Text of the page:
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TV Review: ‘American Horror Story: Coven’ – ‘The Dead’

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***Note: This series is rated TV-MA for good reason, and viewer discretion is advised due to mature content. It is impossible to discuss the latest episode without referencing said content, so while I will keep things as light and profanity-free as possible, some of the subject matter will definitely be offensive to some readers. Please let this serve as your warning.

A1FX’s American Horror Story: Coven has been hitting it out of the park by delivering a more character-driven story than in years past, and providing the material and actresses to back it up. This week’s installment, “The Dead,” which serves as the mid-point of the season, reveals a lot about several of the players, and, through death and sex, some peace is found, as temporary as it might be.

“The Dead” starts with Kyle (Evan Peters) before his death. He’s joking with his frat pals and talking of his dreams in a tattoo parlor. There is little doubt that he has the drive and talent to back up his goals, and his future will be bright, indeed. Except, he’s now dead, reanimated bits of those friends sewn to him, as demonstrated by the glimpses of their tattoos on his patchwork body.

It’s no wonder Kyle is having trouble adjusting to the circumstances. Besides not being able to speak the words in his brain, which has not been dulled, he’s frustrated at his predicament. He didn’t ask to become the monster he’s been made into, and every thing he had hoped for has been flushed down the toilet. As far as he’s concerned, his life is (literally) over, but he has the added torture of being conscious of the wasted potential.

Peters captures all of this internal monologue brilliantly, eyes dancing with un-vocalized emotions. We feel his pain, and find a way to sympathize with him despite the horrible things he’s done, like slaughtering his mother. Clearly, anger and confusion is driving his actions, and he can’t be blamed for everything. By the end of “The Dead,” he is starting to find himself again, and surely he can heal. Maybe.

Madison (Emma Roberts) is going through the exact opposite problem. Instead of having feelings she can’t understand or express, she’s plagued by a lack of feeling, which Roberts plays with such effect as to impress any who watch. She’s going to be an actress to watch. Her numbness starts before she’s killed and brought back, by the way, citing her utter lack of caring about being gang-raped in an earlier episode. Burning herself doesn’t work, in fact, nothing does. Until she finds Kyle’s penis. Inside of her.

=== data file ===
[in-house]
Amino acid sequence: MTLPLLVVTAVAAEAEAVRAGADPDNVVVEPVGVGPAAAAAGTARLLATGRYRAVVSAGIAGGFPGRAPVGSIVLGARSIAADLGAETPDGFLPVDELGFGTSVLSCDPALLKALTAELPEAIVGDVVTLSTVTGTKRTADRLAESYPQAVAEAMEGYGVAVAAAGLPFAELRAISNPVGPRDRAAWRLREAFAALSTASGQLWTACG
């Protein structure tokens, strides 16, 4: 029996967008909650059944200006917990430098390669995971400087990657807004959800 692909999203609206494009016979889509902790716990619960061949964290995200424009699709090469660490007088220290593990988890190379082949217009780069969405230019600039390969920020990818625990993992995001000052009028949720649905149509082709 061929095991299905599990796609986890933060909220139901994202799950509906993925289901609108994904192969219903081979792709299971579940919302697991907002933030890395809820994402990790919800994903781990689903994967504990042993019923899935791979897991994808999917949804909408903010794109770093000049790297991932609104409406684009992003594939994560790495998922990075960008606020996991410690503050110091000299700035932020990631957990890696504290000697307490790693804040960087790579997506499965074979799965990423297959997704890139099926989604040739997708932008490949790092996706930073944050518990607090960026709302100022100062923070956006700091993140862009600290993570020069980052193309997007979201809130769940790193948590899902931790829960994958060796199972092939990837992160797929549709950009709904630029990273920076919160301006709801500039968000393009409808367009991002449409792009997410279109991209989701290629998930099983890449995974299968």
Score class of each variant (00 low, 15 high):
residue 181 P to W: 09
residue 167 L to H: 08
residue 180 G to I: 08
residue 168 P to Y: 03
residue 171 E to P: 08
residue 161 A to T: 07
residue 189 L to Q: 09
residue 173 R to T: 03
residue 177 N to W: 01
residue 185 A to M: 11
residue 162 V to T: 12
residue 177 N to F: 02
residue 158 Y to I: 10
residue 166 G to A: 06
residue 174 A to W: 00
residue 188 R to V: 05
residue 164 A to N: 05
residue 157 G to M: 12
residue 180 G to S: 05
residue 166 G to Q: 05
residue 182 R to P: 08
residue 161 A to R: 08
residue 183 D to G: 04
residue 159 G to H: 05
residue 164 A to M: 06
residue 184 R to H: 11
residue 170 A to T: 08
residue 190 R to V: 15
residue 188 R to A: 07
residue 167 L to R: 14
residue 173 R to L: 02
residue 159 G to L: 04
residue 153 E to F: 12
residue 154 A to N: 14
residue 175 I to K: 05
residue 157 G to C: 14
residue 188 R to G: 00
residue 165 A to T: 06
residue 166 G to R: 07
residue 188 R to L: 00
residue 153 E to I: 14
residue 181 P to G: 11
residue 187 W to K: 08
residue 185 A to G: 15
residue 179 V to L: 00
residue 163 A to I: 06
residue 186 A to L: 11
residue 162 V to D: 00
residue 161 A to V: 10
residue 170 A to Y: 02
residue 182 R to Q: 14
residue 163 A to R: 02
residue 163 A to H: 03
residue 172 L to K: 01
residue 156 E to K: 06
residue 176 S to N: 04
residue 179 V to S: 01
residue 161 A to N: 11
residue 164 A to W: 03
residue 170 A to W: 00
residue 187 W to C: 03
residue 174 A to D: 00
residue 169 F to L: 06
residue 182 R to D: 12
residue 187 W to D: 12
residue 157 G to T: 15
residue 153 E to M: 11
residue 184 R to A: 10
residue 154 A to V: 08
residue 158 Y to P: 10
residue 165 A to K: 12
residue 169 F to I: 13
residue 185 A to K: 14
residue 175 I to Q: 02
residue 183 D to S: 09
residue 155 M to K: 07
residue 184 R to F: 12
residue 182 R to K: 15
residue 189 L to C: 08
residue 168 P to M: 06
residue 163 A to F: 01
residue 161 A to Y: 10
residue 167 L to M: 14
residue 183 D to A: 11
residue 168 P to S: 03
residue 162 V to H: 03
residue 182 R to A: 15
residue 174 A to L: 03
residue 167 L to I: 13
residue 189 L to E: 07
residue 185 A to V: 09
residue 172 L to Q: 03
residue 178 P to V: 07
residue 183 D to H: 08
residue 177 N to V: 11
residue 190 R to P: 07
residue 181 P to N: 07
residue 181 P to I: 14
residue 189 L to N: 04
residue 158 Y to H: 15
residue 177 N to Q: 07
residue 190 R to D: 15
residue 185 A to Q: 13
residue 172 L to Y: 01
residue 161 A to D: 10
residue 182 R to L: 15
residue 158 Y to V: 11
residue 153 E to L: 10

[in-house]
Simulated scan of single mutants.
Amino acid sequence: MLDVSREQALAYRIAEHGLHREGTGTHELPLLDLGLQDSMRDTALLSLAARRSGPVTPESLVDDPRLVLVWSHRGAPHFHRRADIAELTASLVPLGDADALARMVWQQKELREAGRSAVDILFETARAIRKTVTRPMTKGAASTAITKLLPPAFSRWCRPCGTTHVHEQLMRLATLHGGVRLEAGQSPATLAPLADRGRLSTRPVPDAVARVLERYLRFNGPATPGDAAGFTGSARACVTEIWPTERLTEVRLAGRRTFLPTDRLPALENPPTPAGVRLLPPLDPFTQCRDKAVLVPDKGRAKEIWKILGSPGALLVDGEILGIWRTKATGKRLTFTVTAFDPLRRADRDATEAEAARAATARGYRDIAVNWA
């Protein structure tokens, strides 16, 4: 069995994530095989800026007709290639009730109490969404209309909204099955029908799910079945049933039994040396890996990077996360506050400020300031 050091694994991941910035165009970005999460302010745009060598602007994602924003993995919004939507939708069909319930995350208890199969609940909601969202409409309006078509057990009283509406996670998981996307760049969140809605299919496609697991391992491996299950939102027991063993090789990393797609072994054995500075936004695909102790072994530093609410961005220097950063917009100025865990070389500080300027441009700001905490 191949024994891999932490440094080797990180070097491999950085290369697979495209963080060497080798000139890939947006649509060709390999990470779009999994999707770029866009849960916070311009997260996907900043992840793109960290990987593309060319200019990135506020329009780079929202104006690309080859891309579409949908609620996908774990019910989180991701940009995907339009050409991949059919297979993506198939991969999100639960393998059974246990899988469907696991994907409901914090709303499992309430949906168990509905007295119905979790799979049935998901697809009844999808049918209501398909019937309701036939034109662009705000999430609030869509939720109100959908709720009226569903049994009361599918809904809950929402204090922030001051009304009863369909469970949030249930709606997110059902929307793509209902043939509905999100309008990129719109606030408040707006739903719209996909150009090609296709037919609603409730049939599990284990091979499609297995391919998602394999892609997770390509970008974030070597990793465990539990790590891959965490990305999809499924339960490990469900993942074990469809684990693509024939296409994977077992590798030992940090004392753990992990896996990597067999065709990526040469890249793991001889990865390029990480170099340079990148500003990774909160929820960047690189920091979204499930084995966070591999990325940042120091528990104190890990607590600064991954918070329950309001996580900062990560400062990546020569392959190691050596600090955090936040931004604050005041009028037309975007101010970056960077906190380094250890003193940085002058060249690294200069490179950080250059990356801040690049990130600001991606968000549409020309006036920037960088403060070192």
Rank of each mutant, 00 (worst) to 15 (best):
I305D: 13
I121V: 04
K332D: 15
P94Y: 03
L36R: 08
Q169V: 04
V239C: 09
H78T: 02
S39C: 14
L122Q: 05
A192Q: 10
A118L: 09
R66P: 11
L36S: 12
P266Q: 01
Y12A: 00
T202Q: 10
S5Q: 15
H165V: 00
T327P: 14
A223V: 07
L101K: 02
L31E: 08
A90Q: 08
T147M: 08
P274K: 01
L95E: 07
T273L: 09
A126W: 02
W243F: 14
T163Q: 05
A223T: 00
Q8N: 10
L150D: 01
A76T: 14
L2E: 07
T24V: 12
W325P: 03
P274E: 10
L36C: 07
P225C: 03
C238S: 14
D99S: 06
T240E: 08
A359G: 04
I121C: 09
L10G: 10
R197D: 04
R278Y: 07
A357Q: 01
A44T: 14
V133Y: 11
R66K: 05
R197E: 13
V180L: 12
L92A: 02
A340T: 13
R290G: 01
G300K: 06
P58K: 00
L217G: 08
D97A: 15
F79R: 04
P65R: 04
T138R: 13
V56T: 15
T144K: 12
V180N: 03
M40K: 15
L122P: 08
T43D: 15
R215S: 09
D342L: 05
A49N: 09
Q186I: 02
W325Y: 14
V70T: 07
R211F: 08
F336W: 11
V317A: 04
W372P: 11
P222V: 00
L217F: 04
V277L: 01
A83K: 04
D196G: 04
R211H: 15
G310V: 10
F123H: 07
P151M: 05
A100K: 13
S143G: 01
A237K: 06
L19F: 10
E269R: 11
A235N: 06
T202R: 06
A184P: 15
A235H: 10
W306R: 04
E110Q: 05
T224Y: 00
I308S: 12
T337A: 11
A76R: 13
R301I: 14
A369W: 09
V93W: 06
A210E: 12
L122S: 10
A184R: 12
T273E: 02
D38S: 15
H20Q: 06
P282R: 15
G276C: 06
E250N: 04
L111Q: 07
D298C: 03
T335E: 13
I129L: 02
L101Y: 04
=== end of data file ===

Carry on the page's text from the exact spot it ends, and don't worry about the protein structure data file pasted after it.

Since Madison has only murdered those who deservA3d it (except Kyle, accidentally), it’s easier to get behind her. She’s not a nice person, to be sure, but that can be chalked up to a young girl who found fame at an early age and is putting on a brave face to hide fear. She is more talk than action, and she did not deserve to die, or to feel this helpless and broken.

There’s something kind of sweet about Madison and Kyle finding one another in this situation. They have the death thing in common, something no one else would understand. It seems to give them both pleasure and helps them stay centered. They’re technically consenting adults, or close enough to it. What harm would their relations cause anyone?

Besides Zoe (Taissa Farmiga, this season’s MVP in an intensely crowded field), I mean. She’s used to not being the prettiest girl in the room, so she is disappointed, but not surprised, when she catches Kyle with Madison. I feel bad for Zoe here, I really do, but she has to understand why and how her two sort-of friends ended up together right? Plus, they are nice enough to invite her to join in.

Now, anytime a threesome crops up in movies or television, it’s a recipe for disaster, probably much like in the real world (I assume). There is bound to be jealousy and hurt feelings and doubts about the depth of attachment. That’s unfortunate, because American Horror Story: Coven has worked so hard to make us like all three of these individuals that the viewer will be loathe to side against one or more of them. But I guess that’s life, and since Kyle is dead, Zoe probably can’t snuff him out with her fatal nether regions, which makes their pairing ideal.

About JeromeWetzelTV

Jerome writes TV reviews for BlogCritics.org and Seat42F.com, as well as fiction. He is a frequent guest on two podcasts, Let's Talk TV with Barbara Barnett and The Good, the Bad, & the Geeky. All of his work can be found on his website, jeromewetzel.com